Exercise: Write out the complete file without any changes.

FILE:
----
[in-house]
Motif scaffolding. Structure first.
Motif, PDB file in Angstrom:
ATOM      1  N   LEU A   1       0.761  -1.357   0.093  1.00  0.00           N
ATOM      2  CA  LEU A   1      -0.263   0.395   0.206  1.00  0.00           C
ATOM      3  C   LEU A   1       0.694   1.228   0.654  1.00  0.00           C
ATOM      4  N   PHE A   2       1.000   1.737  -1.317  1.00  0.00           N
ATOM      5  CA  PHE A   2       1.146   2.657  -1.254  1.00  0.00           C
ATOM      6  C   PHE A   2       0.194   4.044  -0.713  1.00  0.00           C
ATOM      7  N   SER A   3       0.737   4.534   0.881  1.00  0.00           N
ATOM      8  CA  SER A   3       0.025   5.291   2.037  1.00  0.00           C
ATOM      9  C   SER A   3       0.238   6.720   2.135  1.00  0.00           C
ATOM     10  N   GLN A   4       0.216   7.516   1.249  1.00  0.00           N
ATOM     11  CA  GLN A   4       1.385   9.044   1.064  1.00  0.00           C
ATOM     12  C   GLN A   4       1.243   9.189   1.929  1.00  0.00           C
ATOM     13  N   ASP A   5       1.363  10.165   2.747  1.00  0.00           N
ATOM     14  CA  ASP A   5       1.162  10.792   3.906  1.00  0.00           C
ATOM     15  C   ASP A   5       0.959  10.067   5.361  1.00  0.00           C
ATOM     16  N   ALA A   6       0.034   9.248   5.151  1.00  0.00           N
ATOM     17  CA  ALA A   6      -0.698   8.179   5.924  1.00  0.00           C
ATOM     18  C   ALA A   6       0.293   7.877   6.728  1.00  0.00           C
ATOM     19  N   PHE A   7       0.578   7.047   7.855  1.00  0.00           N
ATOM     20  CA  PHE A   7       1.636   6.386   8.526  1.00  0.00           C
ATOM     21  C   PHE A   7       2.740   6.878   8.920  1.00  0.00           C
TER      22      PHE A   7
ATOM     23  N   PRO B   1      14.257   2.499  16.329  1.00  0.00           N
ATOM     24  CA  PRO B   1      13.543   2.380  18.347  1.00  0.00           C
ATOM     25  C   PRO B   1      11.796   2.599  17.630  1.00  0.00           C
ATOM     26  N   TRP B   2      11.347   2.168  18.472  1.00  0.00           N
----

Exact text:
[in-house]
Motif scaffolding. Structure first.
Motif, PDB file in Angstrom:
ATOM      1  N   LEU A   1       0.761  -1.357   0.093  1.00  0.00           N
ATOM      2  CA  LEU A   1      -0.263   0.395   0.206  1.00  0.00           C
ATOM      3  C   LEU A   1       0.694   1.228   0.654  1.00  0.00           C
ATOM      4  N   PHE A   2       1.000   1.737  -1.317  1.00  0.00           N
ATOM      5  CA  PHE A   2       1.146   2.657  -1.254  1.00  0.00           C
ATOM      6  C   PHE A   2       0.194   4.044  -0.713  1.00  0.00           C
ATOM      7  N   SER A   3       0.737   4.534   0.881  1.00  0.00           N
ATOM      8  CA  SER A   3       0.025   5.291   2.037  1.00  0.00           C
ATOM      9  C   SER A   3       0.238   6.720   2.135  1.00  0.00           C
ATOM     10  N   GLN A   4       0.216   7.516   1.249  1.00  0.00           N
ATOM     11  CA  GLN A   4       1.385   9.044   1.064  1.00  0.00           C
ATOM     12  C   GLN A   4       1.243   9.189   1.929  1.00  0.00           C
ATOM     13  N   ASP A   5       1.363  10.165   2.747  1.00  0.00           N
ATOM     14  CA  ASP A   5       1.162  10.792   3.906  1.00  0.00           C
ATOM     15  C   ASP A   5       0.959  10.067   5.361  1.00  0.00           C
ATOM     16  N   ALA A   6       0.034   9.248   5.151  1.00  0.00           N
ATOM     17  CA  ALA A   6      -0.698   8.179   5.924  1.00  0.00           C
ATOM     18  C   ALA A   6       0.293   7.877   6.728  1.00  0.00           C
ATOM     19  N   PHE A   7       0.578   7.047   7.855  1.00  0.00           N
ATOM     20  CA  PHE A   7       1.636   6.386   8.526  1.00  0.00           C
ATOM     21  C   PHE A   7       2.740   6.878   8.920  1.00  0.00           C
TER      22      PHE A   7
ATOM     23  N   PRO B   1      14.257   2.499  16.329  1.00  0.00           N
ATOM     24  CA  PRO B   1      13.543   2.380  18.347  1.00  0.00           C
ATOM     25  C   PRO B   1      11.796   2.599  17.630  1.00  0.00           C
ATOM     26  N   TRP B   2      11.347   2.168  18.472  1.00  0.00           N